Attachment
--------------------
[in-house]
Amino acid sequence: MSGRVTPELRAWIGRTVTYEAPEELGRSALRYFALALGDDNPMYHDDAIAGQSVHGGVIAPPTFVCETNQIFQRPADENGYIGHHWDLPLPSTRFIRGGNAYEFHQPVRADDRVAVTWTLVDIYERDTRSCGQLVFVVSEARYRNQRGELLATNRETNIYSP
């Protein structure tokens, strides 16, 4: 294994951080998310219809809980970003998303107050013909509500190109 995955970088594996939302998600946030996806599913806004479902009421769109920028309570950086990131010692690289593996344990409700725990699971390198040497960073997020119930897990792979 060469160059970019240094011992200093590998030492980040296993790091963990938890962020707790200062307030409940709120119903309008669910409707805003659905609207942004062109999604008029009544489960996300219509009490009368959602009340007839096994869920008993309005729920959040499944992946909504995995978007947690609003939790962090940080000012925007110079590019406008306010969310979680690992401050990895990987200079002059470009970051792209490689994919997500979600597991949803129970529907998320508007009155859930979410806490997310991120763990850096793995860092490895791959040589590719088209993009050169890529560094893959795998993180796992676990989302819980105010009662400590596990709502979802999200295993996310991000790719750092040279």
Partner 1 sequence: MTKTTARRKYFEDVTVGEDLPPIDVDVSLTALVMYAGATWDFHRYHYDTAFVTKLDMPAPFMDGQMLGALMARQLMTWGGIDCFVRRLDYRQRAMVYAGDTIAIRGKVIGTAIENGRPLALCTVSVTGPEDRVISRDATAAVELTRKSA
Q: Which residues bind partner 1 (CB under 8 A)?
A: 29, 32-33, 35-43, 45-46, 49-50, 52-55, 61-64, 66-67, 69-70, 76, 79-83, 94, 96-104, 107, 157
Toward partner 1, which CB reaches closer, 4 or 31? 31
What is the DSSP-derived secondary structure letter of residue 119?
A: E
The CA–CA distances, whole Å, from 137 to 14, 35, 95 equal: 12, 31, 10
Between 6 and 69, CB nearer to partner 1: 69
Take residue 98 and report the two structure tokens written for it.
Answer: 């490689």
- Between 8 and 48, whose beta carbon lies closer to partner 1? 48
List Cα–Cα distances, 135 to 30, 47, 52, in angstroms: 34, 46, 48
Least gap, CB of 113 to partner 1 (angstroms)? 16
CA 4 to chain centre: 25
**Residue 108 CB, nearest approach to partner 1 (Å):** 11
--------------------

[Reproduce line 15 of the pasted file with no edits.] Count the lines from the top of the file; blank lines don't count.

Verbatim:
List Cα–Cα distances, 135 to 30, 47, 52, in angstroms: 34, 46, 48